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  • Joanna Injore

Anti-cancer diets?? Top tips to spot fact from fiction


Nutrition is a very newsworthy topic and just a quick browse online and you will see there is a wealth of information and recommendations of specific foods and diets to follow.

When it comes to cancer, there is great deal of info on what you should and shouldn’t eat; but how do you know what to believe? If you have been diagnosed with cancer, food can become more than just nourishment, it is often a means maintaining some control over what is happening to you. You may be in the thick of treatments and investigations and food gives you a means to take charge and have an influence on what is happening to you.

I get that.

But it is vital that your body needs good nutrition during and after cancer treatment so it is important that the advice you are following is safe and actually works! I have put together my top tips when reading about nutrition and cancer or anti-cancer diets to help you spot the reliable information from the myths.



Top tips to spot fact from fiction

Top Tip No. 1. The who?


Check who is making the claims. What are the qualifications of the person providing advice? Do they hold qualifications in Nutrition? There are a lot of medical doctors that talk about nutrition and whist they may be experienced in their field of medicine; their education does not include comprehensive nutrition training. Whereas Registered Dietitians are the regulated by the Health & Care Professional Council (HCPC) and undergo extensive academic and practical training in nutrition.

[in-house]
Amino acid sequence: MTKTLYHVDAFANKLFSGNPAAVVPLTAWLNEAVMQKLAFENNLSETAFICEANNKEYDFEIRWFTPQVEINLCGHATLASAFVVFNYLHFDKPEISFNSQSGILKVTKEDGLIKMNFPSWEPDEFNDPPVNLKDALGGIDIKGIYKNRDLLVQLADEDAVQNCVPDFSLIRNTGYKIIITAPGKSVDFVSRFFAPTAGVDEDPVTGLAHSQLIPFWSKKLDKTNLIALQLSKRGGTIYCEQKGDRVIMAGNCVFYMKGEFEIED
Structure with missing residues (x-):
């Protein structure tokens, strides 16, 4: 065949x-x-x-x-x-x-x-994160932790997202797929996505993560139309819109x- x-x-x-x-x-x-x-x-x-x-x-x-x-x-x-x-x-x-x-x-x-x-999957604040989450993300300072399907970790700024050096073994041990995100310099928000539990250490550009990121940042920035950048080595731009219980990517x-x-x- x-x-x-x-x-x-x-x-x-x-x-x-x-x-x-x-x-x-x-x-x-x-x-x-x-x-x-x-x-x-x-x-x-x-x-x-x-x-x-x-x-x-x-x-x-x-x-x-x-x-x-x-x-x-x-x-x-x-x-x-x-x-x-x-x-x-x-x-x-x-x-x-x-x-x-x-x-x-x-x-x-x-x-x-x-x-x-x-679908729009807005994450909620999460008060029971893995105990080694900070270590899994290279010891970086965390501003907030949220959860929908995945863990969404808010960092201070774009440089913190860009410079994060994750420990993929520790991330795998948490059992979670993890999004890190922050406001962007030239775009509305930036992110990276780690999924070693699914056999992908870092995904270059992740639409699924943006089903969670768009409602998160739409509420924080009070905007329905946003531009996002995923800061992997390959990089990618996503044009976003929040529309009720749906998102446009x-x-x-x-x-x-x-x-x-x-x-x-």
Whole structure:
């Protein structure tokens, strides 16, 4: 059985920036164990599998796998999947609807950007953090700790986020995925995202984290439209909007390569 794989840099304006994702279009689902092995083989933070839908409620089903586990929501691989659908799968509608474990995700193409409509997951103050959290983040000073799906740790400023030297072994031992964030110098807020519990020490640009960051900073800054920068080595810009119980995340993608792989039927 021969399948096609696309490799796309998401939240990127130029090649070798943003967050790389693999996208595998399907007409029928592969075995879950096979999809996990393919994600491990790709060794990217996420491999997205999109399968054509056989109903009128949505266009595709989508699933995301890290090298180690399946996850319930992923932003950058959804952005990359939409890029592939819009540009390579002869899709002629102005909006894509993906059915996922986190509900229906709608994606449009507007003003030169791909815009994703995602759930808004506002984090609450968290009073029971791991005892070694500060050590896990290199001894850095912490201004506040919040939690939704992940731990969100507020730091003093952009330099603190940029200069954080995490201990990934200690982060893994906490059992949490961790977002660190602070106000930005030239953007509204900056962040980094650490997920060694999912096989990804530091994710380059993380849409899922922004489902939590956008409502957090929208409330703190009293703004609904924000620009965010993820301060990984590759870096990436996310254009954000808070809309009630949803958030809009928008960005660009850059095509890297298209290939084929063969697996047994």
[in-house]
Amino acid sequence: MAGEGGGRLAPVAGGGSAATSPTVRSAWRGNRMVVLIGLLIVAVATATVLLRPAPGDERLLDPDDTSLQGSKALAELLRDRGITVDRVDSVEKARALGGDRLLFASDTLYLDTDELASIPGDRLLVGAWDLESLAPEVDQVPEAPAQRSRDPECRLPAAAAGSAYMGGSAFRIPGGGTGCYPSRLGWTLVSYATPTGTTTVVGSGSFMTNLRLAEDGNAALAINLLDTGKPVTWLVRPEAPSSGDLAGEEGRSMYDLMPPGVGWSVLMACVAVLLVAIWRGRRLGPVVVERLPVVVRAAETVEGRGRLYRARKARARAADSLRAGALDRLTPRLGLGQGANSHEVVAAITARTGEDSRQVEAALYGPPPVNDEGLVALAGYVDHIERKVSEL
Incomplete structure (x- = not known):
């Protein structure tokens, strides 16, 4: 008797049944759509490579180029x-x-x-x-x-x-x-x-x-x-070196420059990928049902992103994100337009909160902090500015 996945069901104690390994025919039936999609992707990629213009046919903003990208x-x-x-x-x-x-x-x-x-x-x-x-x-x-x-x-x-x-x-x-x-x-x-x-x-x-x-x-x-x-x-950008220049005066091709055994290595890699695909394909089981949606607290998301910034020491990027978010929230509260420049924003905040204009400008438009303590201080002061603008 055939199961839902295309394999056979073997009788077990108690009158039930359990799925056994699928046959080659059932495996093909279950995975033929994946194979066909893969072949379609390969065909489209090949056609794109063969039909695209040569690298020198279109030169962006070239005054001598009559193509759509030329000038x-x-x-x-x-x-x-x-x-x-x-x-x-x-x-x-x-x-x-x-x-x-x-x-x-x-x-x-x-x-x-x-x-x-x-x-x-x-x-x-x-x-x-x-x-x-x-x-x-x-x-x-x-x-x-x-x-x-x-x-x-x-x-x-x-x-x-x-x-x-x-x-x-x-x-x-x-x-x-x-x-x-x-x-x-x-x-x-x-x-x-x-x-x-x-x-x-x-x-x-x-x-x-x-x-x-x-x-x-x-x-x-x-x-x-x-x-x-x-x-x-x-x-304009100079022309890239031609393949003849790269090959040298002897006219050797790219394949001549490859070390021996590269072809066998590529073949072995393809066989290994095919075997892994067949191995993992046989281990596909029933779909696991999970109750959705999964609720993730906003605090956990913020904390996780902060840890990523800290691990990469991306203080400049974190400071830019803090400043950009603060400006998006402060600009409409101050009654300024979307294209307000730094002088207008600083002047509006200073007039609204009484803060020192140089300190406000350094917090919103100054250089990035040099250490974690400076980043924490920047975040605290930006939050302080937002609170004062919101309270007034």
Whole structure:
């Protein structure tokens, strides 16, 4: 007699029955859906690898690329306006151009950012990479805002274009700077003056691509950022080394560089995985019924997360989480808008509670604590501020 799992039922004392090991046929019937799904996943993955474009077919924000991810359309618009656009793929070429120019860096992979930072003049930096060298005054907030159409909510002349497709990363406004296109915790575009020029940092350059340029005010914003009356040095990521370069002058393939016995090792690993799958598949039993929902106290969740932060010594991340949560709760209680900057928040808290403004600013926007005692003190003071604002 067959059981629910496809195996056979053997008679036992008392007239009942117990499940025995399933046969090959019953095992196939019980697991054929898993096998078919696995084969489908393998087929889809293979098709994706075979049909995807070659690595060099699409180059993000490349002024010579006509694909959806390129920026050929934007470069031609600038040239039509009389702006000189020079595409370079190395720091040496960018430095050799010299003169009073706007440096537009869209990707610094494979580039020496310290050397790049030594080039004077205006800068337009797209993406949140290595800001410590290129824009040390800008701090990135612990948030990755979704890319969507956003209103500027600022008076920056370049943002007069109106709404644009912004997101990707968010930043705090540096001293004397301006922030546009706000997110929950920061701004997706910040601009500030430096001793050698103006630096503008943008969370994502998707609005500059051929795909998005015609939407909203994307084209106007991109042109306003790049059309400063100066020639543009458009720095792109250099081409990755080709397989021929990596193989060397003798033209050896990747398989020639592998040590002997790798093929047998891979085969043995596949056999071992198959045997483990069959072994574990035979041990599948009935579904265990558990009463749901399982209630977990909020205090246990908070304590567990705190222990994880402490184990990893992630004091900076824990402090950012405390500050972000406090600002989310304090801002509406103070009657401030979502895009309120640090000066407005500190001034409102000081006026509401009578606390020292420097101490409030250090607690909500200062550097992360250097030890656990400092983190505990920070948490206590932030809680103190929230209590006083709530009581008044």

Top Tip No. 2. Check the details


Are research or studies quoted? That is a good thing right. Yes and no. There are a few details in the research that we need to examine to see if this information is actually useful.


References and research

Do they have references for their claims? Dig a little digger into these. Are they quoting animal studies or lab based ‘cell studies as evidence for their recommendations? Remember that animal studies or lab-based cell studies may not be applicable to us humans. We are complex beings and unfortunately what happens in a test tube or in an animal cannot often be replicated in the human body. These studies may hint at possible new developments but they need further testing before translating this guidance to humans.


The numbers

Are they quoting research from a single study or the effect of their claim has only been noted in very small numbers of people? Unless the effect is observed in large groups of people it is difficult to conclude that this is a true effect.


Types of studies

There are a few different types of study designs and some are more comprehensive than others. A lot of research in nutrition is based on observational studies where you ‘observe’ a group of people and measure a particular outcome, to see if there are any links. Observational studies only suggest a link or association which does not mean that it CAUSES something to happen.